Or call it a pseudo-scientific translation for "this person doesn't react and ratiocinate according to the usual stereotypes as much as we would expect from people, and we have no idea why".

Same thing with "hallucinations".
Just because others do not necessarily see or hear something a person does it doesn't necessarily mean that thing isn't there, on some very "objective" level. Sometimes it does, but not always.






[edit on 19-5-2010 by AdAstra]

[edit on 19-5-2010 by AdAstra]



posted on May, 19 2010 @ 09:49 PM
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reply to post by dzonatas
 


The difference is when you start externalizing your dreams/imagination in such a way that you have trouble distinguishing it from objective reality. Or it doesn't seem to be your imagination, and just happens when you don't want it to.

I know you don't want to hear that, for some reason. The few people I know that try to pawn off this argument generally are in denial about having a problem with it.

Tell us, dzonatus - early to mid 20's male? Starting to hear things? Maybe strings of words repeated over and over, or intrusive thoughts, maybe even "computer or machine noises" or voices from empty rooms sorts of things going on? Another voice in your head besides your own, and it holds conversations with you sometimes?



posted on May, 19 2010 @ 10:16 PM
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Originally posted by Bedlam
I know you don't want to hear that, for some reason. The few people I know that try to pawn off this argument generally are in denial about having a problem with it.


Maybe you have denied it in yourself and you think you have accuse others of denial to protect yourself.

That's life.



posted on May, 19 2010 @ 11:01 PM
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Originally posted by paxnatus
How am I positive this is caused by a chemical imbalance?

My son has Schizoaffective Disorder. The best of both a severe mood disorder along with the positive signs of schizophrenia. Positive meaning present.

On his meds he is managable off them his life becomes a living nightmare!

Yes, he is very bright but harboring the secrets to the universe, no I don't think so.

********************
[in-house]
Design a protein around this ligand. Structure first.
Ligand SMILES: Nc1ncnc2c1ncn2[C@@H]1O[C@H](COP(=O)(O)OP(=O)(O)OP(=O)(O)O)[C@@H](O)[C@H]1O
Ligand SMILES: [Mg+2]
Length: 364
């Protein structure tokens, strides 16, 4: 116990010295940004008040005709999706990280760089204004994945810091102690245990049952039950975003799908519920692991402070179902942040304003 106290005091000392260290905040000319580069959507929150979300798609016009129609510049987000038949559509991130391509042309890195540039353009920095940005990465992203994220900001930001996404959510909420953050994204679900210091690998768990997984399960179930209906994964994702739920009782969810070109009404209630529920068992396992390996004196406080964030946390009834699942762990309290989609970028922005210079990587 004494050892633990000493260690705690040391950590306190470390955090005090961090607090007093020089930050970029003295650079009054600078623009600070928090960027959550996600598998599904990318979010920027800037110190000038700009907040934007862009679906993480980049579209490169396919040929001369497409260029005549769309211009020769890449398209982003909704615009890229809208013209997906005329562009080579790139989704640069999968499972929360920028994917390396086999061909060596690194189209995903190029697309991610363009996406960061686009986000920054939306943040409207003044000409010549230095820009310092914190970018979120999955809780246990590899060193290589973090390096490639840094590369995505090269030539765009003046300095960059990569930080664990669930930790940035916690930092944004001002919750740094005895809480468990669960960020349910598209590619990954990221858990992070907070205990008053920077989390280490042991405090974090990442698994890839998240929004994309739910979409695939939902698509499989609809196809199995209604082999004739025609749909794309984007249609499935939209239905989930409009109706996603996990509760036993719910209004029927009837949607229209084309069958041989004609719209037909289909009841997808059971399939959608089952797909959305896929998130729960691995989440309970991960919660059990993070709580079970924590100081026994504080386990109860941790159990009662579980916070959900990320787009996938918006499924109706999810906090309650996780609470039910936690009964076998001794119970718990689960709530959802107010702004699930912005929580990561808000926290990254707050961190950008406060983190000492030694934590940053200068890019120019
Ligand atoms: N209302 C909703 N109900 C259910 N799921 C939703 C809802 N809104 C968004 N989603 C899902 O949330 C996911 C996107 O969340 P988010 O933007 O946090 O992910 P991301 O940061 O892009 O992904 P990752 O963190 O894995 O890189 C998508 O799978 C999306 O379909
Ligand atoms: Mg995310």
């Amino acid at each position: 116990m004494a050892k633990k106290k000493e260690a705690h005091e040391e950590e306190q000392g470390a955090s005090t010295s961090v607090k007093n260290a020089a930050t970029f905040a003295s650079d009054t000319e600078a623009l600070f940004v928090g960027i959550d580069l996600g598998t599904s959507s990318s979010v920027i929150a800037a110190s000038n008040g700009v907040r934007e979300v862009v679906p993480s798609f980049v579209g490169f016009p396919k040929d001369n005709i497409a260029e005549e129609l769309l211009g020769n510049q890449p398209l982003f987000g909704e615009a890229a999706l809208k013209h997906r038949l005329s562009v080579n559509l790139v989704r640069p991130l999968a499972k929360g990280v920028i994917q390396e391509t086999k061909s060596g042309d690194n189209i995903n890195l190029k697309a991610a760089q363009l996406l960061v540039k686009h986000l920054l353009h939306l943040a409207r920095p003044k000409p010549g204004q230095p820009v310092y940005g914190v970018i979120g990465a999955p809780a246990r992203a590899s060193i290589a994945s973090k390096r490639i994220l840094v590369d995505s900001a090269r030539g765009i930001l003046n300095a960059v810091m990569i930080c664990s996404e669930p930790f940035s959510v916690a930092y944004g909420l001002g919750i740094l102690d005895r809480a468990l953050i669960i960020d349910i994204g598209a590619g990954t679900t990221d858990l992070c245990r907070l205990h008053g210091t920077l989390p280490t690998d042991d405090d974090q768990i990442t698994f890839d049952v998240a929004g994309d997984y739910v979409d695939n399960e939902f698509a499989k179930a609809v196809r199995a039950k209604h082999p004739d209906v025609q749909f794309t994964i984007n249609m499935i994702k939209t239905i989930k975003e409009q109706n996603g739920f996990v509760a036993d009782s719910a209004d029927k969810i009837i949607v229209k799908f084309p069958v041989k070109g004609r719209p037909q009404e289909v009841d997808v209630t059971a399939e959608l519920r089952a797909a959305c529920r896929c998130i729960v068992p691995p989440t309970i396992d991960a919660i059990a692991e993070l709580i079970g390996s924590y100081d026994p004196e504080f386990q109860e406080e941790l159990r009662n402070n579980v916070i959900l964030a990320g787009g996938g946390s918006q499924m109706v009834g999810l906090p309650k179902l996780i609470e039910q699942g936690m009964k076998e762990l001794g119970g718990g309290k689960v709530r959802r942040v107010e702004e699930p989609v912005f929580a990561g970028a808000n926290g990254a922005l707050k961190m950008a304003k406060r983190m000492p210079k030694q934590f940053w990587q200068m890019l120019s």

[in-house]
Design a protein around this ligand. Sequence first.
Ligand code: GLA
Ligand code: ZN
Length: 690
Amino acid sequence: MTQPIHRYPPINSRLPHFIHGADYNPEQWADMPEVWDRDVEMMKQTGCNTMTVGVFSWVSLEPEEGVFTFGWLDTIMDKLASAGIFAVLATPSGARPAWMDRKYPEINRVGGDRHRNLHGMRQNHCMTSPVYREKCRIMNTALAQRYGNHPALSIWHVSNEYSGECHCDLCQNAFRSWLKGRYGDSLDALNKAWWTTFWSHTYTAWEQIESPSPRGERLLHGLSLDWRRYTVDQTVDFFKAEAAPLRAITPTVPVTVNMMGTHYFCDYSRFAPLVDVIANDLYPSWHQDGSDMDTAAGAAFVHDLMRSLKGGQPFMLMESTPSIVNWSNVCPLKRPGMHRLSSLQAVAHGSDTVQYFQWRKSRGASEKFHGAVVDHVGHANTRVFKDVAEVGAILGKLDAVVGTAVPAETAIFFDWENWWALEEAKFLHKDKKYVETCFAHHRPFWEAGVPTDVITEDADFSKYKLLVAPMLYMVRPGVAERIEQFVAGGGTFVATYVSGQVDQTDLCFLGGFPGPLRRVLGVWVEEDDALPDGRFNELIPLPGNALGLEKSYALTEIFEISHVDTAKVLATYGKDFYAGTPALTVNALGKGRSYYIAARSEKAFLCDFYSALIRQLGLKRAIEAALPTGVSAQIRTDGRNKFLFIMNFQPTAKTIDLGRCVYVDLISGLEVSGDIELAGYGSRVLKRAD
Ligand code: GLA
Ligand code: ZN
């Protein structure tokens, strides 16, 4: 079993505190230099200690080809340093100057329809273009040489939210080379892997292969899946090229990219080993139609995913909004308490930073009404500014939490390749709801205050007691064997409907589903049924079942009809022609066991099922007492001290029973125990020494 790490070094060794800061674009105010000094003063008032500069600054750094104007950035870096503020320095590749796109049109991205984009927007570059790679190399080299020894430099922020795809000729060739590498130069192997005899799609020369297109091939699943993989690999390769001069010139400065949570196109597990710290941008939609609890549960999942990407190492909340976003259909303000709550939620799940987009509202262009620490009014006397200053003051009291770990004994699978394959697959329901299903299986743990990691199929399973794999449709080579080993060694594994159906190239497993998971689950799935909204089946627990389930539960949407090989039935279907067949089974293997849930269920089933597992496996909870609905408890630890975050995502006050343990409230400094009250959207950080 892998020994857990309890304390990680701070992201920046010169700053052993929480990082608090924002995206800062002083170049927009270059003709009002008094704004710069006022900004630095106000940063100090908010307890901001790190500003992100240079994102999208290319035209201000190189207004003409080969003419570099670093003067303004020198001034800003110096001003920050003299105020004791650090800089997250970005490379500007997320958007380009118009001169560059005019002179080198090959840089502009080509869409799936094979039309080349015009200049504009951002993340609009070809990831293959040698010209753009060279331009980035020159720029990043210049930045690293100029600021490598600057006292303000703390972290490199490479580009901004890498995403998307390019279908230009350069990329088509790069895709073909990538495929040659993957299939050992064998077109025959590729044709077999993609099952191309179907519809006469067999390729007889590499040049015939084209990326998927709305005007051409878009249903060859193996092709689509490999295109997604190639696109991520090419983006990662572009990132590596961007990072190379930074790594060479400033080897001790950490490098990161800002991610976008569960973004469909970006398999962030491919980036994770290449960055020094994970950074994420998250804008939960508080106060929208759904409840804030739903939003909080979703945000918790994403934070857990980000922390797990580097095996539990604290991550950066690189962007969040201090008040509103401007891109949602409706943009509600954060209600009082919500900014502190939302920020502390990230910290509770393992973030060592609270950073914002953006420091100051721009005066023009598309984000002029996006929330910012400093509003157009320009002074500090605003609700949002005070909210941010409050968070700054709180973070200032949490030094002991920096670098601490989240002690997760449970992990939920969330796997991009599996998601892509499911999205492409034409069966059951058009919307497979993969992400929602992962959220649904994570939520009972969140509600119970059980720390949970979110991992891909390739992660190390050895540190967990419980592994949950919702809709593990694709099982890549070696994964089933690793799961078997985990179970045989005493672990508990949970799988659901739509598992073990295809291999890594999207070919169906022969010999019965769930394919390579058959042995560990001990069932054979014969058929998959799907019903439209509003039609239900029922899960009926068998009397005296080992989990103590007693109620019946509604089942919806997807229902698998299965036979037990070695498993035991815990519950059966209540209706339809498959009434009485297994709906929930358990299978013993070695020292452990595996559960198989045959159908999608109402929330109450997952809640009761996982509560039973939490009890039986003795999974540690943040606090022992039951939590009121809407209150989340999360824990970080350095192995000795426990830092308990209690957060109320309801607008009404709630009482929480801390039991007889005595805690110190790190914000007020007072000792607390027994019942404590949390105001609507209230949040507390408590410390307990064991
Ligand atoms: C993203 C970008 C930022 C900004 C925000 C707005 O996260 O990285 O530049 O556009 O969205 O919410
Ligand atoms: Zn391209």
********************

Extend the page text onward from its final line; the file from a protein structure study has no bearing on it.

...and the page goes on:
Pax


Is he stable on one regime? It seemed like the younger guys had to be changed out from one set of meds to another, it's like they became immune to them and had to have a "vacation" from first one med and then another, then could go back to them after a break on something else.

I never had a schizoaffective "buddy" but I did have bipolar disorder and schizophrenic ones, and I can't imagine the combo.

You deserve a medal - you don't get to take them back home at the end of the day and be done with it for a week. Eight hours a week used to wear me out with the really 'active' ones.



posted on May, 20 2010 @ 12:08 AM
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reply to post by dzonatas
 


To not accept schizophrenic hallucinations as real is absolutely ridiculous. To suggest that these are possibilities to a reality that could be accurate tells me not only do you not understand mental illness, it says to me you do not understand physiology of the human brain, or what you do understand of it is simply one's opinion.

I did not attack you for out of "my own emotional" pain. Don't twist what I said with your own insinuations and paint me out to be a victim. That is a weak argument at best.

while I am not a physician of psychiatry, I do hold a Masters in Nursing and spent several years as a psychiatric nurse. What gives me more experience
than you with the symptoms of Schizophrenia is a first hand look at my own child.

To pride yourself on Science and discount medical evidence is contradictory. The problem I have with the way you were "explaining" hallucinations lies in misrepresentation of the medical facts. The line of "logic" you presented something like " Well maybe they aren't the ones with the problem, maybe its their third eye awakening and ours hasn't" is esoteric
bull!

There is a danger involved in your way of thinking. When so little is known about a severe mental illness, to suggest, there is nothing wrong could lead the ill to go off their medication and endanger themselves or someone else.

If medical specialists began to view real mental illness this way, the research would not only slow down, it would basically stop. I mean what is the point of helping someone who doesn't really have a problem?

While we do not know the exact cause of schizophrenia, we do know that stimulation to certain parts of the brain cause hallucinations and delusions.

To hopefully end the idea of hallucinations do not exist I found the following article.




Distortion of the sense of reality, actualized in delusions and hallucinations, is the key feature of psychosis but the underlying neuronal correlates remain largely unknown.